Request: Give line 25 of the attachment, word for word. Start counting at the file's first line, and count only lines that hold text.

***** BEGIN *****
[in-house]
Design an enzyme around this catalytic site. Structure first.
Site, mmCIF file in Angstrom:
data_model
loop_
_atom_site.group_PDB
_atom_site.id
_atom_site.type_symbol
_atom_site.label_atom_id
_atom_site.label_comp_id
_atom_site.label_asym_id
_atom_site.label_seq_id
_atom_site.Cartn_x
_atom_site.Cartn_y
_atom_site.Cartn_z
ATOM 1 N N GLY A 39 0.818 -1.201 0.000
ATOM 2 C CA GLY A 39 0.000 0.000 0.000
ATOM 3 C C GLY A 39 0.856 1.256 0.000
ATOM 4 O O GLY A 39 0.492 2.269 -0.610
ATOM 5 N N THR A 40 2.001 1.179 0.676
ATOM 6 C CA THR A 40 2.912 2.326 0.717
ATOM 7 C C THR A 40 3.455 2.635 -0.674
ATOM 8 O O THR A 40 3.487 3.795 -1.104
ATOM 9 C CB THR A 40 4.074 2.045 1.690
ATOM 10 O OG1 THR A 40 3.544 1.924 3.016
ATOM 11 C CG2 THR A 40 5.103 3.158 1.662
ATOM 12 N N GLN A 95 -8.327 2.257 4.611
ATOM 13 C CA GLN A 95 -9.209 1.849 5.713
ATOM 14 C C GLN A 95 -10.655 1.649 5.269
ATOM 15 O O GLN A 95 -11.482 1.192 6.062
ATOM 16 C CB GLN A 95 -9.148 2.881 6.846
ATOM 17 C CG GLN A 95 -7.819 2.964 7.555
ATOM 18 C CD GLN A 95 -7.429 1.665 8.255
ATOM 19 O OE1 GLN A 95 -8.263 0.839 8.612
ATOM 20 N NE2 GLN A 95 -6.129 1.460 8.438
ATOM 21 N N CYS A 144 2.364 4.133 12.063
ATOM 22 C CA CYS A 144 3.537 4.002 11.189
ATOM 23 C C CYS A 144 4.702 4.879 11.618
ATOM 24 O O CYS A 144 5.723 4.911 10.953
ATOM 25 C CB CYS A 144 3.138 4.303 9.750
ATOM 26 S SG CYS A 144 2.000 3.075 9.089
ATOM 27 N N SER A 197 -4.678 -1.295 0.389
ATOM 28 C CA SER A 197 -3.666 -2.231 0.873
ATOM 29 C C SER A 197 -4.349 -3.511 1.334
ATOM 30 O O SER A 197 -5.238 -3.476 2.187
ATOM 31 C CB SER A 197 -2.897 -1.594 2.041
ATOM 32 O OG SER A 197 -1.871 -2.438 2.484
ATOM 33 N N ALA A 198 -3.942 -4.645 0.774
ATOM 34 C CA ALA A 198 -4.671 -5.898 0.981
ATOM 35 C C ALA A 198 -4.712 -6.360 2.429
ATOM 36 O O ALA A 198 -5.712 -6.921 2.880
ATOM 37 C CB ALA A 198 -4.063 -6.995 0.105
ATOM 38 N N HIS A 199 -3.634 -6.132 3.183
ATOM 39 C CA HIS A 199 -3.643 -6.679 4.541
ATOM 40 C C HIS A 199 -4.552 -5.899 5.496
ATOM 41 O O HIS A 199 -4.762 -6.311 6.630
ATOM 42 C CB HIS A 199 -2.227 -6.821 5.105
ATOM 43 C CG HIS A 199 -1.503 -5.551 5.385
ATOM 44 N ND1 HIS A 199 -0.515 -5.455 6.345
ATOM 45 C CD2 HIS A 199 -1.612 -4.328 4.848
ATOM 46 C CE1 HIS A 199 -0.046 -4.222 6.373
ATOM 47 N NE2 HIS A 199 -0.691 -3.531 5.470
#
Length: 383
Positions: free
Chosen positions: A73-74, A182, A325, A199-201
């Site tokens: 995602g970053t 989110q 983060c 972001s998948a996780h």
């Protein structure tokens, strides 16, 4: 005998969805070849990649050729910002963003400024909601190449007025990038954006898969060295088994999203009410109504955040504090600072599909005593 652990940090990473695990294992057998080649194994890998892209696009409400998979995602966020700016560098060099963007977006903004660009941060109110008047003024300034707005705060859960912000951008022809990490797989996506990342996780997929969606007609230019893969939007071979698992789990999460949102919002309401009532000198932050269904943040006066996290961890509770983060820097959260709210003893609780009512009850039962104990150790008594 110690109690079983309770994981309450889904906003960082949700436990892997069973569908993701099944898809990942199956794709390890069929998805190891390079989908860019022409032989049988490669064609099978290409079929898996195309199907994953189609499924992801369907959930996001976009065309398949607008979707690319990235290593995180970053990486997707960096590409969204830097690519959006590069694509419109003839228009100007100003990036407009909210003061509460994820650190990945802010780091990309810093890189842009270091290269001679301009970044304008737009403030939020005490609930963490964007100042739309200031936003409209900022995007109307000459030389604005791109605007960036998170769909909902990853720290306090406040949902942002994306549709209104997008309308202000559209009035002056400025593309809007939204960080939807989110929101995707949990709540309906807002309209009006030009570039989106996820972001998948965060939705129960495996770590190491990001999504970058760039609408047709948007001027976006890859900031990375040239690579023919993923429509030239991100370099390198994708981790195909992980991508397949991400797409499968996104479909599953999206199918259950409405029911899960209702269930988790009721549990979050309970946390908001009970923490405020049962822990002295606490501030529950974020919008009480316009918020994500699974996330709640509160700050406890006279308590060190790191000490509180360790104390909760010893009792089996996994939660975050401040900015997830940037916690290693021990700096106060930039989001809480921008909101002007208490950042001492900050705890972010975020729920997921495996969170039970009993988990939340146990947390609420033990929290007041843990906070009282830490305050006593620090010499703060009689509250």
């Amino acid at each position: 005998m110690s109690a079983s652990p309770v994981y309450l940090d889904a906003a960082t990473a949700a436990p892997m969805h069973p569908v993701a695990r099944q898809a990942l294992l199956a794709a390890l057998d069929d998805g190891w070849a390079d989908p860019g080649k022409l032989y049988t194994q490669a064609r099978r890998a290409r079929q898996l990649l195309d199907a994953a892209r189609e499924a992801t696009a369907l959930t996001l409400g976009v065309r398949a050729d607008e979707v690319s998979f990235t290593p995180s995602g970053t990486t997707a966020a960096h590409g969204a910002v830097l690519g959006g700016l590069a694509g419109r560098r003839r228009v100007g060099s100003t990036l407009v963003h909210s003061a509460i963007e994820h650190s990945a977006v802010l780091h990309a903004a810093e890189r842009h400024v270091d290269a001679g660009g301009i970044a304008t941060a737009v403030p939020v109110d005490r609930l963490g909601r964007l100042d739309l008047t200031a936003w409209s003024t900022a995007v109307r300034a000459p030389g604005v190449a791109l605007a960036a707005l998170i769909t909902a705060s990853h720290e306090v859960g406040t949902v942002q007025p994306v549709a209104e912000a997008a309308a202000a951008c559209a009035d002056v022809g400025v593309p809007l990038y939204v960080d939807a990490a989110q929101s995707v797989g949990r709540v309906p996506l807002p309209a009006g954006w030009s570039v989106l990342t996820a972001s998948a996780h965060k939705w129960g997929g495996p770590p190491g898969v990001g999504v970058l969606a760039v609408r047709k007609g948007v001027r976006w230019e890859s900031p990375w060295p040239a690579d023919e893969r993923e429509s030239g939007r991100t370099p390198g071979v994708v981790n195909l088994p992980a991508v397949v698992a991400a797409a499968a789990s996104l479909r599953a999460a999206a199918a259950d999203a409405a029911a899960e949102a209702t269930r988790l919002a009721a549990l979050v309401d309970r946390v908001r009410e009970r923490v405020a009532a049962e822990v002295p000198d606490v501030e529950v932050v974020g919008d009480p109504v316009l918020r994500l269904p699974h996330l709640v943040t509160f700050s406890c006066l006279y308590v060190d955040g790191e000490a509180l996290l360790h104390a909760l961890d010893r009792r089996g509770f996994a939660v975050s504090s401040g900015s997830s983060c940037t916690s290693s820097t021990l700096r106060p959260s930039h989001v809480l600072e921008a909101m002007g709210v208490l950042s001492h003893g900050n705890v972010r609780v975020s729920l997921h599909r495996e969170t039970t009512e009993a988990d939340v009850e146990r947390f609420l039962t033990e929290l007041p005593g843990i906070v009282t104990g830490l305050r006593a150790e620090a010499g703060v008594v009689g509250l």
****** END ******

ATOM 10 O OG1 THR A 40 3.544 1.924 3.016